The Heart by Maylis de Kerangal, trans. by Sam Taylor

The story of a heart transplant, from life to death to final outcome, is viewed through the varied perspectives of some of the people involved.


Maylis de Kerangal’s The Heart, translated from the French by Sam Taylor, spans just 24 hours but covers some of the most profound material imaginable. Simon and his two friends leave the beach after a pre-dawn surfing session and crash off the road. In the hours that follow, Simon’s parents are asked to make decisions about the removal of his organs. A woman with three sons waits for the heart transplant that will, hopefully, prolong her life. De Kerangal follows these and other players–doctors, nurses, family and friends–as the drama unfolds: of Simon’s heart, life and death and definitions, the meaning of generosity and what we love.

The Heart delves deeply into its subjects: the transplant operations are described in precise detail. The anguish of parents losing a child is explored at some length in its various incarnations–aggression, confusion–and compared to that of shipwreck survivors, or of a man who has just been in a fight with “some guy who was asking for it.” Characters are complex–the nurse who met with a lover last night, “sober and ravishing”; the soccer-obsessed surgeon with the violent girlfriend; the man from the Coordinating Committee for Organ and Tissue Removal, whose job it is to convince the parents to approve the transplant and who is passionate about music and his Algerian goldfinch. Through these and other points of view, an extraordinary and shocking story is revealed. Taylor’s expressive translation renders a sensitive, stark and entirely engrossing novel.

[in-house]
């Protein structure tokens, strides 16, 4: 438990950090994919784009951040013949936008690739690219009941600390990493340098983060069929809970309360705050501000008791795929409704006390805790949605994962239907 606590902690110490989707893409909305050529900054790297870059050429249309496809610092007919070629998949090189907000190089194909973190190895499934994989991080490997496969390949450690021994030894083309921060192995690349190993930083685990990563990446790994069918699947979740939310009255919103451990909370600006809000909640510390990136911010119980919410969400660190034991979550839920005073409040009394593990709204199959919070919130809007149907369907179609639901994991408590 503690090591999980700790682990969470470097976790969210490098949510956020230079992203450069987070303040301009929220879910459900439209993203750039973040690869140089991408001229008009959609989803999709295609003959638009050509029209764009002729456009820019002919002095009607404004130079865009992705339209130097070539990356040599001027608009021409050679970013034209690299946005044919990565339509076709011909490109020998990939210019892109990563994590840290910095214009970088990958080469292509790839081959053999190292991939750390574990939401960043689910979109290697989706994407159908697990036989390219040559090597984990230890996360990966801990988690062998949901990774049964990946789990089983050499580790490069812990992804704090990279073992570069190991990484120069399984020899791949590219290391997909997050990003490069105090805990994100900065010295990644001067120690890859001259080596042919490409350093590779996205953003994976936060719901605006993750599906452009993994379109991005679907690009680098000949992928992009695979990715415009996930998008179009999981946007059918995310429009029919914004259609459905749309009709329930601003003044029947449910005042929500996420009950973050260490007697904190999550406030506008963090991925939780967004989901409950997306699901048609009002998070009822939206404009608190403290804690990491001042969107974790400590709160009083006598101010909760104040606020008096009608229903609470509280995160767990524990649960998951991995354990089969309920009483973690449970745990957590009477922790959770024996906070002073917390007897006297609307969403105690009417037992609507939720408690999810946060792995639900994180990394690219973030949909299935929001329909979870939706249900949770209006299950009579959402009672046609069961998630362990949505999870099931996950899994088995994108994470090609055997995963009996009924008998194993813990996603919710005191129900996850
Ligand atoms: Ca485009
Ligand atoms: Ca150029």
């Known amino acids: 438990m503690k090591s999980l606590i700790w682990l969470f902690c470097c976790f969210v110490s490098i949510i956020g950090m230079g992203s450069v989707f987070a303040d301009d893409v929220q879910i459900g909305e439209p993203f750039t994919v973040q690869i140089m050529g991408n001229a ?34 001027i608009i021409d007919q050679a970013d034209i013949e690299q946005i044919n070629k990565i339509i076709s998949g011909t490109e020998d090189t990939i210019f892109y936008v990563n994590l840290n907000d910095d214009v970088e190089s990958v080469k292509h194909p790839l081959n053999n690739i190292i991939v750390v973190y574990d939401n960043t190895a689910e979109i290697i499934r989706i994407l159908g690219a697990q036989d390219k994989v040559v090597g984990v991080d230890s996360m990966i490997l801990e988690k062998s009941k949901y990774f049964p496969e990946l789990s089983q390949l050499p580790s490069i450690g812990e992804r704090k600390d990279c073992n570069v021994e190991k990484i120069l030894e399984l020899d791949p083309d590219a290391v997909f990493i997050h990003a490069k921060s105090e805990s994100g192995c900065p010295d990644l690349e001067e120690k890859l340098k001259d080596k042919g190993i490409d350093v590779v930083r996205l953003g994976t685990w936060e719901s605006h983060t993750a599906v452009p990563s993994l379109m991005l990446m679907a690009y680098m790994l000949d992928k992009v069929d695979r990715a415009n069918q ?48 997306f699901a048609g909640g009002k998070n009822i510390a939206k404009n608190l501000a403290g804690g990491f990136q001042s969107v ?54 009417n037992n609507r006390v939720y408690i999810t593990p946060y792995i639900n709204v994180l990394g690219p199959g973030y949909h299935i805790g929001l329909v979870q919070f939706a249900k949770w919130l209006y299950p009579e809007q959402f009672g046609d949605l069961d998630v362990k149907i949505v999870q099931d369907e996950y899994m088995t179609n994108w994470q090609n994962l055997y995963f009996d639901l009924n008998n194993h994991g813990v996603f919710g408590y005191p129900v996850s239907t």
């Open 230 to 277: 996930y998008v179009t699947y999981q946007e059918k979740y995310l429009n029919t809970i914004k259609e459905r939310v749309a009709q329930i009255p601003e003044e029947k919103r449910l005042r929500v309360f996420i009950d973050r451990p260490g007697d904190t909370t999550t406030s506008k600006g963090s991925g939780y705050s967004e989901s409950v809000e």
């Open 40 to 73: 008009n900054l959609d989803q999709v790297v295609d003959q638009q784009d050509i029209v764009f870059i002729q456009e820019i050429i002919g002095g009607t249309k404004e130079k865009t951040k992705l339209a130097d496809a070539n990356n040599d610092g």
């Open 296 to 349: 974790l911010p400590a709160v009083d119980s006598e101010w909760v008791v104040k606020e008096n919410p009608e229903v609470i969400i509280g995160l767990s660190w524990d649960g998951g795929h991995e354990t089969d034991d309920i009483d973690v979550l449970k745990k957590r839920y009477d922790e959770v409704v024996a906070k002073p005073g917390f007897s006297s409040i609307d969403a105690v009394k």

This review originally ran in the January 19, 2016 issue of Shelf Awareness for Readers. To subscribe, click here, and you’ll receive two issues per week of book reviews and other bookish news.

Rating: 7 minutes.

Leave a Reply

Fill in your details below or click an icon to log in: Logo

You are commenting using your account. Log Out /  Change )

Google photo

You are commenting using your Google account. Log Out /  Change )

Twitter picture

You are commenting using your Twitter account. Log Out /  Change )

Facebook photo

You are commenting using your Facebook account. Log Out /  Change )

Connecting to %s

This site uses Akismet to reduce spam. Learn how your comment data is processed.

%d bloggers like this: